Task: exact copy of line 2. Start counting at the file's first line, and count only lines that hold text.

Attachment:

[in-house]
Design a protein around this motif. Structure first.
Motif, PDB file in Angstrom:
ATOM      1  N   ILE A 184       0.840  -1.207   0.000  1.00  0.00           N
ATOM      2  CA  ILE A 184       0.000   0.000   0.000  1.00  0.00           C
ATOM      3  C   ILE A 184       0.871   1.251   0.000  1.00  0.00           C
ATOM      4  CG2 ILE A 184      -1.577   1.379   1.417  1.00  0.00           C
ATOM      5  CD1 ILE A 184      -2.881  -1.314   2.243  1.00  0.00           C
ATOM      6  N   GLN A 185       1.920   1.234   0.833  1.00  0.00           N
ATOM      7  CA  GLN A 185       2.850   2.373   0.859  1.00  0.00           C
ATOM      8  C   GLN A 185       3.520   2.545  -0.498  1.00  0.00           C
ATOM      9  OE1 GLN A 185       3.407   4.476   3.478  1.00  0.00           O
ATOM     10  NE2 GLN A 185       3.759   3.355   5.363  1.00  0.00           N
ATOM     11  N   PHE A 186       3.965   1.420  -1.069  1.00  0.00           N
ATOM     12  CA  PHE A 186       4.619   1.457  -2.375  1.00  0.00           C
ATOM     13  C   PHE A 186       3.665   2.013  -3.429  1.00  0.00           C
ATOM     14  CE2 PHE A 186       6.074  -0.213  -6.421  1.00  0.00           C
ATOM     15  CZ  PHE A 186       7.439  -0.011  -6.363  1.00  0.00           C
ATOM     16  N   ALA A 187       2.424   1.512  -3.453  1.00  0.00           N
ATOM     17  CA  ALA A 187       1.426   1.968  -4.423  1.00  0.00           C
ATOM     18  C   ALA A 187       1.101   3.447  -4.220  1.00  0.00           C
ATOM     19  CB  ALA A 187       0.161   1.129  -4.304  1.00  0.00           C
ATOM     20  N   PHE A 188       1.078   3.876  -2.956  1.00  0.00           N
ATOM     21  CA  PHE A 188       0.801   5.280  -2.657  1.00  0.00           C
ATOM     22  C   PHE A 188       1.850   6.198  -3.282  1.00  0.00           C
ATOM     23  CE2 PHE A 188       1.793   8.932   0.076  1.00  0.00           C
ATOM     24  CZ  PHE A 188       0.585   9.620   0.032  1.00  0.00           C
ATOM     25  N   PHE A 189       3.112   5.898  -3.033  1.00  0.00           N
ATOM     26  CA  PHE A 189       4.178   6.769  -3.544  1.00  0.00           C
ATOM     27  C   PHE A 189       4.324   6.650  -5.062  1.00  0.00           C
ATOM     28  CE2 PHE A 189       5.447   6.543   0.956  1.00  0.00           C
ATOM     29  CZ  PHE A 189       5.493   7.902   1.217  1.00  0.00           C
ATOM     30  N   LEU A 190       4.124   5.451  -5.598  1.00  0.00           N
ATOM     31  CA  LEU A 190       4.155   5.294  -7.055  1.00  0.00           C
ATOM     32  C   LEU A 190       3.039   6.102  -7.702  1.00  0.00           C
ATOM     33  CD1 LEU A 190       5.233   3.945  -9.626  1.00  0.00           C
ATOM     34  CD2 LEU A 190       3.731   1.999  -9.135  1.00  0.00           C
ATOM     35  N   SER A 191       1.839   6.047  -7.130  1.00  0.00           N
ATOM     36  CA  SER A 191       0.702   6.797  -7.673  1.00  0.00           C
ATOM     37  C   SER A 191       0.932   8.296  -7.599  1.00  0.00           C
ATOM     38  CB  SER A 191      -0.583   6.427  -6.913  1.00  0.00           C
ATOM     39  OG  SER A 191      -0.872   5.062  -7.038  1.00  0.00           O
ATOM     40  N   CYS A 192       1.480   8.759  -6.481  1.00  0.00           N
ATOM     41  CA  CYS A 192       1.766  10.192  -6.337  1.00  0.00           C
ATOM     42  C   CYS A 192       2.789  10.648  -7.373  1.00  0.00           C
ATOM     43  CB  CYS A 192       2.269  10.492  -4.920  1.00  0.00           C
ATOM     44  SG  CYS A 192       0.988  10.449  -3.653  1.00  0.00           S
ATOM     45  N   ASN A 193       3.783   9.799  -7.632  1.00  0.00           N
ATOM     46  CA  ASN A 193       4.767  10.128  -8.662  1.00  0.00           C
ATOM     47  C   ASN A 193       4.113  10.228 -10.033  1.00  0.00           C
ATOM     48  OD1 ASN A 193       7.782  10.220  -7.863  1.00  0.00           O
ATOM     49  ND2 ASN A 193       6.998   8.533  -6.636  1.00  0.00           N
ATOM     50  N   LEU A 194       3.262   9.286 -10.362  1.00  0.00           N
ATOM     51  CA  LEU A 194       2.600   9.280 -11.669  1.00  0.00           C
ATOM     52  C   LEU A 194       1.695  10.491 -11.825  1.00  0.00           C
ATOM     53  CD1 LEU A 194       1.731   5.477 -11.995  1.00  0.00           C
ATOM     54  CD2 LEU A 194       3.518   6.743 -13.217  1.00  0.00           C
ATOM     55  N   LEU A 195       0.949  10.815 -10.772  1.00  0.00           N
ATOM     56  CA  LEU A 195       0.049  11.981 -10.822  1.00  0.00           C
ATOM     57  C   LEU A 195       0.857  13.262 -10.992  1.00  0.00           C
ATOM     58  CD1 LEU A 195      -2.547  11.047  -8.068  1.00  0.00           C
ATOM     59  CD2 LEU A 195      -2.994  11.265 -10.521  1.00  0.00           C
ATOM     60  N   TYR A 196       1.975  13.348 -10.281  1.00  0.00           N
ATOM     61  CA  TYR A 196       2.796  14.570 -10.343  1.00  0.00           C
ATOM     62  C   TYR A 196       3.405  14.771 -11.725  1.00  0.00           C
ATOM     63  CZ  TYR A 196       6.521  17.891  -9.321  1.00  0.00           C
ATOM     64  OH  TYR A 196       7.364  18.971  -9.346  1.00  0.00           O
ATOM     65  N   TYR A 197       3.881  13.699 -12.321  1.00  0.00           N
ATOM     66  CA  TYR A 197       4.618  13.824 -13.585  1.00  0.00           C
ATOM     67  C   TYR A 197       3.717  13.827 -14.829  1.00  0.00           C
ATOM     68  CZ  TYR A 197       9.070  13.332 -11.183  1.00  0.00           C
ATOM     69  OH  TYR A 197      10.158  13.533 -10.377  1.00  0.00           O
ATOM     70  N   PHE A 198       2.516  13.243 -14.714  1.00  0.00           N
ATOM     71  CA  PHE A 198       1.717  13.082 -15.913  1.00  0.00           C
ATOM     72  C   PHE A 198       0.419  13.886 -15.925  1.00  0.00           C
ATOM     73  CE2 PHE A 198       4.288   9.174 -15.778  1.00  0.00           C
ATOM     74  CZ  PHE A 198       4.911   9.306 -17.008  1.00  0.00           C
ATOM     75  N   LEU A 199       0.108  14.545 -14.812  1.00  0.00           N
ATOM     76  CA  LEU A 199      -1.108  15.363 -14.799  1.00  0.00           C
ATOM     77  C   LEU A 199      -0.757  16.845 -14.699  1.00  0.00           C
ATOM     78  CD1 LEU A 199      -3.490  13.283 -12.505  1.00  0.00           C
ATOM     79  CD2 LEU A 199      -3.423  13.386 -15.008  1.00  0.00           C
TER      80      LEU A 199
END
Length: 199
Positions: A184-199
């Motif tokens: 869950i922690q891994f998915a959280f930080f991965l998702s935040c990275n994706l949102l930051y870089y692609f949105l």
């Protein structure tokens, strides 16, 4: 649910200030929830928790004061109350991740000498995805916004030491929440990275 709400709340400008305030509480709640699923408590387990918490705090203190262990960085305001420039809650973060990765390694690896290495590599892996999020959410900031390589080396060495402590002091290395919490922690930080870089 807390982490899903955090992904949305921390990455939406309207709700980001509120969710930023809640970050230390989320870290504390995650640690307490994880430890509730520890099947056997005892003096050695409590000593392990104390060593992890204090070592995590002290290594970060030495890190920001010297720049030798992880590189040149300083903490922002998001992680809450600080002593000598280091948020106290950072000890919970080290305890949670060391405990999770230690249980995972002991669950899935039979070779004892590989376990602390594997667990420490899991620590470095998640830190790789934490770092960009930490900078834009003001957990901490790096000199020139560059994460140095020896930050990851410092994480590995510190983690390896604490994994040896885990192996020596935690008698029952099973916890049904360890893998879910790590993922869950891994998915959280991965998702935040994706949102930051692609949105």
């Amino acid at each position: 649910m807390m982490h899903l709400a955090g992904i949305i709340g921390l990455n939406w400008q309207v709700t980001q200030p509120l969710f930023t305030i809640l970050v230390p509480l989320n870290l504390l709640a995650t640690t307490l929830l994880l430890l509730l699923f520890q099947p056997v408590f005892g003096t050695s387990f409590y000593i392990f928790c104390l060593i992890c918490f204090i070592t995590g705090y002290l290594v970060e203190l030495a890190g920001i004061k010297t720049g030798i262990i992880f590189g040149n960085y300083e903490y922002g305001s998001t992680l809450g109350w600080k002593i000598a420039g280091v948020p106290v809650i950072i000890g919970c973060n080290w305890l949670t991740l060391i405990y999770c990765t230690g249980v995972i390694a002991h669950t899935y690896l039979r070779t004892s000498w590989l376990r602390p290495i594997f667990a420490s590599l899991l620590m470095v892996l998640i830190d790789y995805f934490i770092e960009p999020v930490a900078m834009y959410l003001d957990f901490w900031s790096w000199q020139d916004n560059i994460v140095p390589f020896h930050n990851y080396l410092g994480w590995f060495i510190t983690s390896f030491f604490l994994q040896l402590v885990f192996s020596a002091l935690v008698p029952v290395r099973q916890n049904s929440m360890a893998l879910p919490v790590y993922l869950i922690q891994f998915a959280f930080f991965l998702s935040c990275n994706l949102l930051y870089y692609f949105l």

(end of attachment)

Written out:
Design a protein around this motif. Structure first.